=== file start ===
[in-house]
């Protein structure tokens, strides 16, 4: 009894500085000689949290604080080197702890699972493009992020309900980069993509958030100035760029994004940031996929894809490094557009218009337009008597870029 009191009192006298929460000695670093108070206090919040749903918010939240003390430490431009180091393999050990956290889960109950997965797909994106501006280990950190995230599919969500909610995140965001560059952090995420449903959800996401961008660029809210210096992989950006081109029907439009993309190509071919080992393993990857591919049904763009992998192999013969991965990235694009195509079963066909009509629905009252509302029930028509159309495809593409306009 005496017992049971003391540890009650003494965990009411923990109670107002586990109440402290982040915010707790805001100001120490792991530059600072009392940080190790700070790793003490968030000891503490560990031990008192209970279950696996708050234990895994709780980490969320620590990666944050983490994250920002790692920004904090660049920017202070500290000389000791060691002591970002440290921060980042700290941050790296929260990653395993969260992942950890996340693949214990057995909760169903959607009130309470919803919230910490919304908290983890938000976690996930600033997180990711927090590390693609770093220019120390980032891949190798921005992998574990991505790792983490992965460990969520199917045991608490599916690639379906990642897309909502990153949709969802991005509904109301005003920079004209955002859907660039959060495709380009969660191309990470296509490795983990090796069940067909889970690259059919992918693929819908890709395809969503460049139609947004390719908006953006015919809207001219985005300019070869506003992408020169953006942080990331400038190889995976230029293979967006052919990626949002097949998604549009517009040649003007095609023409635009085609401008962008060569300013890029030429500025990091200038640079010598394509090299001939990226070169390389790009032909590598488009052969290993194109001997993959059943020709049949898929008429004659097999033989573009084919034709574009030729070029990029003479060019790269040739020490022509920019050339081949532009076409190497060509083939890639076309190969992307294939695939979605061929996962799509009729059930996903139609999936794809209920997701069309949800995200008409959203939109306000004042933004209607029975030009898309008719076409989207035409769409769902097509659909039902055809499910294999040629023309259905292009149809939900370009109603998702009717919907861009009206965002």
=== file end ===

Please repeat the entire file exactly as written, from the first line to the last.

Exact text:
[in-house]
């Protein structure tokens, strides 16, 4: 009894500085000689949290604080080197702890699972493009992020309900980069993509958030100035760029994004940031996929894809490094557009218009337009008597870029 009191009192006298929460000695670093108070206090919040749903918010939240003390430490431009180091393999050990956290889960109950997965797909994106501006280990950190995230599919969500909610995140965001560059952090995420449903959800996401961008660029809210210096992989950006081109029907439009993309190509071919080992393993990857591919049904763009992998192999013969991965990235694009195509079963066909009509629905009252509302029930028509159309495809593409306009 005496017992049971003391540890009650003494965990009411923990109670107002586990109440402290982040915010707790805001100001120490792991530059600072009392940080190790700070790793003490968030000891503490560990031990008192209970279950696996708050234990895994709780980490969320620590990666944050983490994250920002790692920004904090660049920017202070500290000389000791060691002591970002440290921060980042700290941050790296929260990653395993969260992942950890996340693949214990057995909760169903959607009130309470919803919230910490919304908290983890938000976690996930600033997180990711927090590390693609770093220019120390980032891949190798921005992998574990991505790792983490992965460990969520199917045991608490599916690639379906990642897309909502990153949709969802991005509904109301005003920079004209955002859907660039959060495709380009969660191309990470296509490795983990090796069940067909889970690259059919992918693929819908890709395809969503460049139609947004390719908006953006015919809207001219985005300019070869506003992408020169953006942080990331400038190889995976230029293979967006052919990626949002097949998604549009517009040649003007095609023409635009085609401008962008060569300013890029030429500025990091200038640079010598394509090299001939990226070169390389790009032909590598488009052969290993194109001997993959059943020709049949898929008429004659097999033989573009084919034709574009030729070029990029003479060019790269040739020490022509920019050339081949532009076409190497060509083939890639076309190969992307294939695939979605061929996962799509009729059930996903139609999936794809209920997701069309949800995200008409959203939109306000004042933004209607029975030009898309008719076409989207035409769409769902097509659909039902055809499910294999040629023309259905292009149809939900370009109603998702009717919907861009009206965002």